The wild wind spun by her, carrying the scent of spice and musk, a primitive blend at odds with his sleek urban look. With fickle abruptness, the wind pushed at her back, urging her toward him. And damn her weak leg, she actually stumbled a step forward.
He turned instantly, one hand reaching out.
“No.” Her voice sounded too high, panicky. She swallowed. “Go on now. Git.” As if he were a mongrel stray.
She waited until the darkness on the bridge swallowed him. He never looked back. Only then did she continue. On the far side, she crossed the intersection against the light, told herself she was an idiot, no one was following her, and paused anyway to make sure.
No man in a black trench coat. No mysterious threat coming her way.
Suddenly her empty apartment seemed better than roaming the city streets in the descending November night. She hailed a cab and ducked inside with only one more glance back.
“Cold out there.” The cabbie’s lilting English distracted her.
“You’re shaking. Shall I turn up the heat?”
She let out a pent-up breath. “Sorry. No. I’m fine.”
Obviously she didn’t have as much of her toughness back as she had told herself, if one crazy set her so on edge. Maybe if—no, when she healed, she’d take that self-defense course Betsy was always pushing on her nurses. It wouldn’t protect her from drunk drivers, but who knew what else was out there?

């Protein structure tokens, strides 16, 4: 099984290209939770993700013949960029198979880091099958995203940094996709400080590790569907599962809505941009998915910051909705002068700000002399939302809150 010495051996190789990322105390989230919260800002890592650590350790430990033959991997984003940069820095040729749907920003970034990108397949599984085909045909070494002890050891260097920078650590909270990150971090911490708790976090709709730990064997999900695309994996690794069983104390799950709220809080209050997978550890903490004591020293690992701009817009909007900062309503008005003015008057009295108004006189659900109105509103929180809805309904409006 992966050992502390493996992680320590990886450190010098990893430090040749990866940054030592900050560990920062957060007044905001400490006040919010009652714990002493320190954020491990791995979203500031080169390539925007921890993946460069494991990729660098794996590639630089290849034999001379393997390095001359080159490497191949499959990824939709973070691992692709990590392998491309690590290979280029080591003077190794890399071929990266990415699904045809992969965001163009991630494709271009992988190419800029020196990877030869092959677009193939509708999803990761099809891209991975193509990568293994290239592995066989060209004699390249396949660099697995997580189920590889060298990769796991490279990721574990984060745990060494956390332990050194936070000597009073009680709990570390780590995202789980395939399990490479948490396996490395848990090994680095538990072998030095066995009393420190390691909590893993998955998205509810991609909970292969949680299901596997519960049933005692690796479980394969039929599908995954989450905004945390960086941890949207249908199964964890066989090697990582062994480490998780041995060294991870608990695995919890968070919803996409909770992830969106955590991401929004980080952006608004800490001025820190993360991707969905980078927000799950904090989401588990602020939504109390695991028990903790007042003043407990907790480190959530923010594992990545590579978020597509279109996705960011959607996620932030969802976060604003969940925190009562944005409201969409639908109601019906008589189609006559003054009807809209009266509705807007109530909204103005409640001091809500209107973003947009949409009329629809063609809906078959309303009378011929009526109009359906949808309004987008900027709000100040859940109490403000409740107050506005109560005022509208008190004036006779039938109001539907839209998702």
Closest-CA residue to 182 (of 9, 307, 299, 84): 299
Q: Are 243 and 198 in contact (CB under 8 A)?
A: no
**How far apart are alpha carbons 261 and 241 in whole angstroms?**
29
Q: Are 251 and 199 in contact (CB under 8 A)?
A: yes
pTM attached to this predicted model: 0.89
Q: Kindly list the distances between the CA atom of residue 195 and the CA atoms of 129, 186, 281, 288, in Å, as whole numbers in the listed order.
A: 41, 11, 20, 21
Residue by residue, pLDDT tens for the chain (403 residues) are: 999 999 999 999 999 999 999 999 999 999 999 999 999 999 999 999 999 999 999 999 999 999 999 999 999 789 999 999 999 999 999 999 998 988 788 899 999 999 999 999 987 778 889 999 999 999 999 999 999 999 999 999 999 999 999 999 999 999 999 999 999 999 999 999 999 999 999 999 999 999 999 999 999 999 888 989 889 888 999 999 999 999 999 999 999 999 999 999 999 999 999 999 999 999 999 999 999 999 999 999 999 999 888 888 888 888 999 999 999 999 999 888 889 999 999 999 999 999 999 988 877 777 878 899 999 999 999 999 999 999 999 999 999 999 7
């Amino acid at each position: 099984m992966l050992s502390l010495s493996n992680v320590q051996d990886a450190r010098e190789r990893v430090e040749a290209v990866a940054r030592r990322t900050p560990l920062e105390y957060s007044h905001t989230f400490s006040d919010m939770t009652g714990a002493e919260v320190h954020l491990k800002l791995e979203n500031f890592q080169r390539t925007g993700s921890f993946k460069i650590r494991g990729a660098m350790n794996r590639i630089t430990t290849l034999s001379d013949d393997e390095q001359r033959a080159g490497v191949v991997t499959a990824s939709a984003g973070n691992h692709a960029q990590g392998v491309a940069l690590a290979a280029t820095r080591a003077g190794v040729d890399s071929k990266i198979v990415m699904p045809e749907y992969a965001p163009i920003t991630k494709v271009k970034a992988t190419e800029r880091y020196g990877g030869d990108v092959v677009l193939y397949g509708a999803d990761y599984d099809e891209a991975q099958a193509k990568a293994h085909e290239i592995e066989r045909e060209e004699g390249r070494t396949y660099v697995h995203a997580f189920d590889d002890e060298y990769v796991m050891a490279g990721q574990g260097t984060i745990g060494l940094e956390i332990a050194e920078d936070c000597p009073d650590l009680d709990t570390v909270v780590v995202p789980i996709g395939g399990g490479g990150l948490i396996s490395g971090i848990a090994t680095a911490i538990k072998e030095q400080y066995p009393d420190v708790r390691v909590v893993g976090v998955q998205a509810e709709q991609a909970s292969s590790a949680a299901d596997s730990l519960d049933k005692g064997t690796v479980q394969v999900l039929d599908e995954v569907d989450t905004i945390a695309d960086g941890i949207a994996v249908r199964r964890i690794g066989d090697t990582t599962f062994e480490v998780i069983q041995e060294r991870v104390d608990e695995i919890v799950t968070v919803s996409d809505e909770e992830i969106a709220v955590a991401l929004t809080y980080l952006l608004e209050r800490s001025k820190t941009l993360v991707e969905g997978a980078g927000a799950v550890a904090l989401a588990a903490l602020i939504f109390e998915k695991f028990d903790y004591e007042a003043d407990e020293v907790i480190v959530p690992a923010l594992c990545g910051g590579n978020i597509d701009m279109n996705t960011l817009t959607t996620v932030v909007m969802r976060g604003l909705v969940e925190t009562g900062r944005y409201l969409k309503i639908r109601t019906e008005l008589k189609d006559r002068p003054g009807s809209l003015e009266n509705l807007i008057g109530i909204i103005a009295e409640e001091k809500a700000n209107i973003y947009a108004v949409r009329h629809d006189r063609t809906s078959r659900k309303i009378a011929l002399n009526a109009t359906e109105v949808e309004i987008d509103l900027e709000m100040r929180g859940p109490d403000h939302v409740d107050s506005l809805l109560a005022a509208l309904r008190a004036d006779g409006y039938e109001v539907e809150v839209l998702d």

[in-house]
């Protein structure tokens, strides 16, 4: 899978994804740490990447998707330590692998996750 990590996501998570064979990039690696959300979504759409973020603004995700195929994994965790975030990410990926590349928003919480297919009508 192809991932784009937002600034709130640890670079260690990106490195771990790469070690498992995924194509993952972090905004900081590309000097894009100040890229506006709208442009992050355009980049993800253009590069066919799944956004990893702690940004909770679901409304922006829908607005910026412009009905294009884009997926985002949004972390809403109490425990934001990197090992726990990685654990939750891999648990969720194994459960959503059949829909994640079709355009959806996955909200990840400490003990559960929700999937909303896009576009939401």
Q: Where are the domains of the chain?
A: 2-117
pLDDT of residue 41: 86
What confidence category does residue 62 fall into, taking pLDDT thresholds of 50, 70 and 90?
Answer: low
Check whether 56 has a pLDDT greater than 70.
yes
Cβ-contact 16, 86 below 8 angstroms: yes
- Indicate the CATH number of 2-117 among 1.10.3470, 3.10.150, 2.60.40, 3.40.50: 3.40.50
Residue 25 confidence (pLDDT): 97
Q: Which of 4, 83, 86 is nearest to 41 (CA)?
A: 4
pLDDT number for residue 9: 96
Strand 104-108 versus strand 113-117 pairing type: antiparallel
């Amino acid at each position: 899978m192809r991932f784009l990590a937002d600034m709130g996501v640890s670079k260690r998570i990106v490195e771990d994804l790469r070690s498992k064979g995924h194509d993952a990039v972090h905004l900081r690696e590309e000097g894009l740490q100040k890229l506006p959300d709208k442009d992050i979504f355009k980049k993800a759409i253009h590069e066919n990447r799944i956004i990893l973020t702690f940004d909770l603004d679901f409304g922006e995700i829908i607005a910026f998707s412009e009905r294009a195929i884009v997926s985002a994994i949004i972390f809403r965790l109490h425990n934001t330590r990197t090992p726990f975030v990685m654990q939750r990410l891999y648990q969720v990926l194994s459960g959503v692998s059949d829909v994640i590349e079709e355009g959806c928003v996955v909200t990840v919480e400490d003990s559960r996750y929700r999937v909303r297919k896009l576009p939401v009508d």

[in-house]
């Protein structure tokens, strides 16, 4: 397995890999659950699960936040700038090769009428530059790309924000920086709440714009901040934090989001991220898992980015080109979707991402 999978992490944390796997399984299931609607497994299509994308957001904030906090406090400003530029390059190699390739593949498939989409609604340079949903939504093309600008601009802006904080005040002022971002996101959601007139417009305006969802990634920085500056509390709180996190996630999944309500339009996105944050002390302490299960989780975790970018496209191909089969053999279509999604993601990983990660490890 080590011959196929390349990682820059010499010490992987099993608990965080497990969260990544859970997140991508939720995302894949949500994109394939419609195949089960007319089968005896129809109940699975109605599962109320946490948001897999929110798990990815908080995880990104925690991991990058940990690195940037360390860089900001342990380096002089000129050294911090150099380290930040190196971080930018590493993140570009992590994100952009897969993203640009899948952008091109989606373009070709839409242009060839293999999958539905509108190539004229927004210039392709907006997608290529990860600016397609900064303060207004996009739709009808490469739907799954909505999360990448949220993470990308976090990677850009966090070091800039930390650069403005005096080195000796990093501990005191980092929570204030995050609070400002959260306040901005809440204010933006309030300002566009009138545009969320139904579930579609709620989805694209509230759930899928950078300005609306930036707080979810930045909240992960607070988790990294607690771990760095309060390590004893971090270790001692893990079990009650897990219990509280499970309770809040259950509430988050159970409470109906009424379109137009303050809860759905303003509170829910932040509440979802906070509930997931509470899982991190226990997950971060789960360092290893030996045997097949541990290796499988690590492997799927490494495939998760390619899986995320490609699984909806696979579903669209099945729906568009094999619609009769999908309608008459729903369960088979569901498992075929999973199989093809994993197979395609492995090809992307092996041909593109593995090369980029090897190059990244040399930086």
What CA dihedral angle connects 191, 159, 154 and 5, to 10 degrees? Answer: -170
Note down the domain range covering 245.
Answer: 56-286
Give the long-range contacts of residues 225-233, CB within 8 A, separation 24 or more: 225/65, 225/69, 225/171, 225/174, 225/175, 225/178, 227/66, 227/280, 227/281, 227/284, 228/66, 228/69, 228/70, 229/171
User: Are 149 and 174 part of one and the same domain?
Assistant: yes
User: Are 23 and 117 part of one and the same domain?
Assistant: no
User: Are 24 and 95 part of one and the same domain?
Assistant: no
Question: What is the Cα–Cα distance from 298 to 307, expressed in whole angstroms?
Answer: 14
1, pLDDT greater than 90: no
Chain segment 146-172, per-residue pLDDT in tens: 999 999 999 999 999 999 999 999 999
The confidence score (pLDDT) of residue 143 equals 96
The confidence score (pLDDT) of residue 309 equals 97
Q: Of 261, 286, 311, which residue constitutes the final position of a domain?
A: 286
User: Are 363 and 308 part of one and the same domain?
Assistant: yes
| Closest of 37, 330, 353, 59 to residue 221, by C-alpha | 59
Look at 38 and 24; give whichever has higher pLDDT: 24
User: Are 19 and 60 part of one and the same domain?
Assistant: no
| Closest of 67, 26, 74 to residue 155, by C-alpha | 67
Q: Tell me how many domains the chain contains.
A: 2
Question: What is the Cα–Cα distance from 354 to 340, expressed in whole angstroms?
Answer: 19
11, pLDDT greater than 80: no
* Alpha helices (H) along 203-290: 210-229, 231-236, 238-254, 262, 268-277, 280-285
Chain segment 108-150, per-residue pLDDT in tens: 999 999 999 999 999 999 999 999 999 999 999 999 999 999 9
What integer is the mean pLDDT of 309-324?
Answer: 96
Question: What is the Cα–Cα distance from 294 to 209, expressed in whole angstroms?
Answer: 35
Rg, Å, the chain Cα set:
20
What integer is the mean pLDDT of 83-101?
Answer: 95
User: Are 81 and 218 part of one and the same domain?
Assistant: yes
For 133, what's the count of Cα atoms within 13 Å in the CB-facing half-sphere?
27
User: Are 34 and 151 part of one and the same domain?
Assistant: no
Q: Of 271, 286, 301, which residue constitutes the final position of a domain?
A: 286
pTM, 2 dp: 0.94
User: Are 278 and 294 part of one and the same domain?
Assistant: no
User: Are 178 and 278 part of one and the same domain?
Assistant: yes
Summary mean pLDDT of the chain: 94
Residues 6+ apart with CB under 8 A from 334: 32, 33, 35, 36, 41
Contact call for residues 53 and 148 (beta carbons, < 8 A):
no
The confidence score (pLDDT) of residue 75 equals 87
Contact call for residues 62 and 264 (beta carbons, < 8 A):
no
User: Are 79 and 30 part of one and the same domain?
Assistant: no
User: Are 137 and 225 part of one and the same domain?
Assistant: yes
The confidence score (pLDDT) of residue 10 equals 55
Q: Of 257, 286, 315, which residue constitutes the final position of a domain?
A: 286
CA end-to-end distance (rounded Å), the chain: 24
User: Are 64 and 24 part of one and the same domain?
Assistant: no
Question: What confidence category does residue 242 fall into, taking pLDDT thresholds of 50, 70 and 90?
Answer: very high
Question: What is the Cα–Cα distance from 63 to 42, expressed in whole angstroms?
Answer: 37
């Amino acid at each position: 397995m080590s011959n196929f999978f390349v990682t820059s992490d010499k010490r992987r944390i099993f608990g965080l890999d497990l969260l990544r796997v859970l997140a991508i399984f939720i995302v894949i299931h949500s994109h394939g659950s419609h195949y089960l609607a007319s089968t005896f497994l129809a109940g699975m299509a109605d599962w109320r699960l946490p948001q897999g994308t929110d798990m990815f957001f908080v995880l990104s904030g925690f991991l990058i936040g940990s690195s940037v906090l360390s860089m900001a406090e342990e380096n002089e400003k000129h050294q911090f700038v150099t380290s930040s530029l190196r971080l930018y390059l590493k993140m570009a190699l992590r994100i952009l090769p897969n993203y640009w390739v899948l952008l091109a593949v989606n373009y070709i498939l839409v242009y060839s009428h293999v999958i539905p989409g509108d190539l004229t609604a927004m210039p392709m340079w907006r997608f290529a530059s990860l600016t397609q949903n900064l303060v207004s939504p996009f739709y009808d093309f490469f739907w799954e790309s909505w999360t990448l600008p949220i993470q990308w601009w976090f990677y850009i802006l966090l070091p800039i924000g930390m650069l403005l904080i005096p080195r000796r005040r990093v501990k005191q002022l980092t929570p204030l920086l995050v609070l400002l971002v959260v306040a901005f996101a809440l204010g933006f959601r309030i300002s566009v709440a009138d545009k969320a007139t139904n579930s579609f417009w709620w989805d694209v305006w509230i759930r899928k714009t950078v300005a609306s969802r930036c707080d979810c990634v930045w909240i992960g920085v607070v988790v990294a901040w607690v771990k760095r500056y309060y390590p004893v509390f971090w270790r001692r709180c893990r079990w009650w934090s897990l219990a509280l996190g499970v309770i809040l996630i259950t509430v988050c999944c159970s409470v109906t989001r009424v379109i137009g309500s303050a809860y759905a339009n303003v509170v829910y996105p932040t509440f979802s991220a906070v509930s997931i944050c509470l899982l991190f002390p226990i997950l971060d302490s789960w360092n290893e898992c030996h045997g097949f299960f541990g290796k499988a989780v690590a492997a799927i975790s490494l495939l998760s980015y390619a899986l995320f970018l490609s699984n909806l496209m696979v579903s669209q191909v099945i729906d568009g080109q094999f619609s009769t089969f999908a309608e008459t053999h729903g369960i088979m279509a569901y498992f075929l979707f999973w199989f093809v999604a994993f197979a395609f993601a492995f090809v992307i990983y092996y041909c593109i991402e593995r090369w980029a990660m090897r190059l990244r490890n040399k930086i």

* * *
Under the cover of deep shadow, Archer watched the woman—Sera—hurry away, her slight figure outlined in whorls of ominous light. The spectral radiance visible from the penthouse balcony had condensed and centered around her. The silver green glow reminded him of a tornado sky, when doom spiraled out of nothing. The unbound demon had chosen.
Zane joined him. “A woman? No way. All demon-ridden are male.”
“The Lord works in mysterious ways. But not half so mysterious as the other guys.” Archer steeled the savagery lurking inside him against her thousand weaknesses: the hesitation in her steps from the painful twist of her spine; her not-unwarranted impulse toward violence; the fear that dulled her eyes. Fear of him.
The demon didn’t need a thousand weaknesses. Only one.
“Are we sure she’s the target? Could the demon have gotten confused?” Zane stared across the river, where Sera had gone. The etheric lights trailed behind her like frayed gossamer wings. “She seemed nice.”